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2 Star Crime/Suspense Review STAR REVIEWS

Review: Finger Lickin’ Fifteen by Janet Evanovich

There are some spoilers in this review.

Stephanie Plum is back but this time instead of someone trying to kill her, the effervescent and crazy Lula is in the forefront. Lula witnesses a grisly murder: a celebrity television chef ends up getting chopped. Literally. Stephanie ends up having Lula as a housemate while the murderers try to kill Lula in a spectacular fashion. To catch these people, Lula and Grandma Mazur enter a tv food competition with disastrous consequences.

Stephanie, though, is working a job for the sexy and mysterious Ranger. Rangeman’s accounts are being burgled and Ranger thinks it’s an inside job. He employs Steph to snoop around undercover as he can’t trust any of his men. Unfortunately, not everyone is happy with this arrangement. Steph’s on and off boyfriend (currently off) Joe, is not happy with Steph working with Ranger. While helping Lula trying to catch her skips, and food testing bbq ribs, can Stephanie figure out who is behind the burglaries and be able to resist the temptation of Ranger, and the irresistibility of Joe?

First things first–this was an improvement on the last book (only slightly). Finger Lickin’ Fifteen is not a great book. Far from it. While I understand this series is very light and full of fluff and cartoon type characters, I still expect a plot to carry the book through. The plot was just a mess. We have killers going after Lula but instead of putting her in witness protection or having a policeman guard her, they can’t do that because apparently the police department can’t afford it. So Lula stays with Steph. I have no knowledge of police procedures, but even I went WTF at that. There are two maniacs trying to kill a woman, but the police don’t protect her because their budget wouldn’t cover it? I’m in disbelief over that. If that does happen then some please correct me. But I think it was a simple and poor way of letting Lula bulldoze her way through the book in typical fashion.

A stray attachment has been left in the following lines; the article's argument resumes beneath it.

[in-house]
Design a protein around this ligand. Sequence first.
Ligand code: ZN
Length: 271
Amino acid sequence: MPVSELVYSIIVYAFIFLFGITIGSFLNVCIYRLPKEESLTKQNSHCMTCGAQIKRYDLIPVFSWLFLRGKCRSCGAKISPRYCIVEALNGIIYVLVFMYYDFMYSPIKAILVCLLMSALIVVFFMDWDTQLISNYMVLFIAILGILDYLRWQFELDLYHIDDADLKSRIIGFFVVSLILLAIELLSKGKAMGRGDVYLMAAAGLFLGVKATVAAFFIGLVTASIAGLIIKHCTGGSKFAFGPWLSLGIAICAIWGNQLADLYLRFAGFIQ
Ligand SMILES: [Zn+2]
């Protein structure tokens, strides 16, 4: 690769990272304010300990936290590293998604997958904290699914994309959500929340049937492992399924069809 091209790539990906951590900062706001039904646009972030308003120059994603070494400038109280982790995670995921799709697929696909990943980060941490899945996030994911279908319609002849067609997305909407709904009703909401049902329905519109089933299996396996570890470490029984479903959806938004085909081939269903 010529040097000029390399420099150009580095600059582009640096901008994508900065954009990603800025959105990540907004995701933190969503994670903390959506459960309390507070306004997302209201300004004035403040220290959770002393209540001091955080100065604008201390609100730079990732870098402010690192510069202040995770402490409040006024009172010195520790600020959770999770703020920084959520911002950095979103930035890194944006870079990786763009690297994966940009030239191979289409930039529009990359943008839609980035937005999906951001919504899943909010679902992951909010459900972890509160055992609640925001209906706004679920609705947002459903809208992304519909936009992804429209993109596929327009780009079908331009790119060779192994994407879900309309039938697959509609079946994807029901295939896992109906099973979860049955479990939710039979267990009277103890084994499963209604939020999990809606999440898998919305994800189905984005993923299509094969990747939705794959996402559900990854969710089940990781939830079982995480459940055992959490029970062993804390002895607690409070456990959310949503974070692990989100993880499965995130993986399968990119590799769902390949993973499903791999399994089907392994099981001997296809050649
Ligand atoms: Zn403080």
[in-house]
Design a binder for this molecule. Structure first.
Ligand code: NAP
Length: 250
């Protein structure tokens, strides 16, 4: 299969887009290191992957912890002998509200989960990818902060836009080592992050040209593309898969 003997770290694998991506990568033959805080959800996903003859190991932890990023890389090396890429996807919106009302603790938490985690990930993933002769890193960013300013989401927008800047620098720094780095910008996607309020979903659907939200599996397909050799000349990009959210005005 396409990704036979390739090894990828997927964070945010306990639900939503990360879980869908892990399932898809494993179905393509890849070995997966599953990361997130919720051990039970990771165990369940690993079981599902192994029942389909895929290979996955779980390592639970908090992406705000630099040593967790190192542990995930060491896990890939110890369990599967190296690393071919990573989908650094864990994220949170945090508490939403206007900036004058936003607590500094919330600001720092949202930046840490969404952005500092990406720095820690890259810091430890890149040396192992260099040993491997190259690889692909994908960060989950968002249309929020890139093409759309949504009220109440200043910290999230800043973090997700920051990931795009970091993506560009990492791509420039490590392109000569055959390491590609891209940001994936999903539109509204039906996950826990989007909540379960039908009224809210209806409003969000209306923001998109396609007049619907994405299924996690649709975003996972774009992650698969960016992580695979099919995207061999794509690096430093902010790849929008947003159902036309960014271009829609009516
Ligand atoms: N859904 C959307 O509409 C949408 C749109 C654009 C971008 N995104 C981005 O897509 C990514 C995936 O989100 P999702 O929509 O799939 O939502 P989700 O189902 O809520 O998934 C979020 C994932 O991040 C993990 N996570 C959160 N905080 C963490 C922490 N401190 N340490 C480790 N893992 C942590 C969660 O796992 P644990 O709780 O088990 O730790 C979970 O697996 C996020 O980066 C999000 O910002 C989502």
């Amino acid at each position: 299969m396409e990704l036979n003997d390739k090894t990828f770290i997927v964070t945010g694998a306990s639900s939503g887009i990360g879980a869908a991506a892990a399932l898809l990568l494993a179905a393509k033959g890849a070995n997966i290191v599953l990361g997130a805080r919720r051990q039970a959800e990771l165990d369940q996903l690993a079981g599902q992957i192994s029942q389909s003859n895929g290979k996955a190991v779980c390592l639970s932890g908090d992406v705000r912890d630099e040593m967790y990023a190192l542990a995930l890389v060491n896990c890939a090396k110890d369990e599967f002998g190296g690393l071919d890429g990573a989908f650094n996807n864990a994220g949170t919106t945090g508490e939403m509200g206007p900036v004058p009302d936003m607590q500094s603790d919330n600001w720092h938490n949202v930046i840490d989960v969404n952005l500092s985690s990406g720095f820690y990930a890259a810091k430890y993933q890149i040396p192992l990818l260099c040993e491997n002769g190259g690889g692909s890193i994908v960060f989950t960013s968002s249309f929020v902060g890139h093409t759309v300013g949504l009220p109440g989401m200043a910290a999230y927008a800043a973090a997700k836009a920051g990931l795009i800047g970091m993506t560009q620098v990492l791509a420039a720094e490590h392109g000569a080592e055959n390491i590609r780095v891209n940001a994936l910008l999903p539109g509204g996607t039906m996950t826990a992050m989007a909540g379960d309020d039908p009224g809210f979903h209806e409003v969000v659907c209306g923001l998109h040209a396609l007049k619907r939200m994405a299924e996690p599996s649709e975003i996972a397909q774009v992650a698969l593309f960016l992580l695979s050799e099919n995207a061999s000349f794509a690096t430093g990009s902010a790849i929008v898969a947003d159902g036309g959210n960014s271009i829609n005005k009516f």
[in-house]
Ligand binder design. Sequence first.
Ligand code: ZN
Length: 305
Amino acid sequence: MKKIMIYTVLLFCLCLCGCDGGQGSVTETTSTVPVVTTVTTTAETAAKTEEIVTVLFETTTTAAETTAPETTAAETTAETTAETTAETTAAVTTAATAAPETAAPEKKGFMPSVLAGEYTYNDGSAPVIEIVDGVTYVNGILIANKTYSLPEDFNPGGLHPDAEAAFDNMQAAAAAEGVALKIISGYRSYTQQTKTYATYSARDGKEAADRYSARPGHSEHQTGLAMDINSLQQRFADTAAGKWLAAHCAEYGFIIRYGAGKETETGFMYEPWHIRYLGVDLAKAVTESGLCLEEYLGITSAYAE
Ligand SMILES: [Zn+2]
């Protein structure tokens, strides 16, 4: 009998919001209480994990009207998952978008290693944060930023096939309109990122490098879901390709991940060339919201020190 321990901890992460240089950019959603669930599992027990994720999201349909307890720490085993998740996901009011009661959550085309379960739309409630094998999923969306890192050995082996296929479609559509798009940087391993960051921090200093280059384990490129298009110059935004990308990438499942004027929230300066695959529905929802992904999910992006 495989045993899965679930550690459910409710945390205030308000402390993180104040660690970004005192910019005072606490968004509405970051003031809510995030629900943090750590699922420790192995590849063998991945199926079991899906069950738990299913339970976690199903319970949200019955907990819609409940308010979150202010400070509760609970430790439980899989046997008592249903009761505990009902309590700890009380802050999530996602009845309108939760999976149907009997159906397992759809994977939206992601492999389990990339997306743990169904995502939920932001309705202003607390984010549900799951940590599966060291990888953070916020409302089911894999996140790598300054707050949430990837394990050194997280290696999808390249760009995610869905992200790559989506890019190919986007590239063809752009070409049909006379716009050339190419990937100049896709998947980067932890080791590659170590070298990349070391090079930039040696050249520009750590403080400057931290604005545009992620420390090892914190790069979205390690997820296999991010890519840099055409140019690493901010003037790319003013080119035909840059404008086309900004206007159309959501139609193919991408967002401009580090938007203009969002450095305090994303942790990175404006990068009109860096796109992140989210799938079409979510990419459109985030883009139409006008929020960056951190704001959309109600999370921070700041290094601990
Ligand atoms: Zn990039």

So we have one plot with Lula and we have the other plot involving Ranger and Stephanie. This is where I got confused. How can Stephanie be so competent at working with Ranger on that job, but be so utterly useless at capturing her own skips at the bonds office? It was the same old, recycled plot running through this book.

Stephanie goes to bring in her FTA’s in. They don’t want to. They say, I’ll be right back, I just need to do something, and then they are escaping out of the window. This happened numerous of times in previous books, and twice in this book. Huh??? Why hasn’t Stephanie improved? Surely she’s not that stupid and naive to believe what they say. In this book, she is. Bigtime!

We have blown up cars, lots of food being eaten, Lula farting numerous times (I think we are meant to find that funny) and Steph screwing up FTA’s over and over again until Ranger helps her. Even the ending was anti climatic. I was like, oh is that it? The plots regarding Lula and Ranger trickles off slowly until they come to a standing stop, and your left wondering what was the point of this?

There doesn’t seem to be any character development and the triangle with Ranger and Joe is not touched upon. Steph is currently off with Joe, so this gives her an opportunity to let Ranger flirt with her, but nothing happens. Why have Steph break up with Joe when nothing even remotely happens with Ranger? Even the break up with Joe was inconsequential. It’s getting to the point now where I couldn’t care less who ends up with who.

I’m sad in a way. When I got this book from the library I was expecting a bad read. I don’t want to expect a book to be bad when I read it, especially from a series that I used to love and was an auto buy.

The plot is stale, the characters are stale and readers are left hanging with no resolution in sight.

I give Finger Licking Fifteen 2.5 out of five. The .5 is because there are some humorous situations in the book. Not much, but it was there.

By Lou

One thing that Lou loves most is her HEA in romances.

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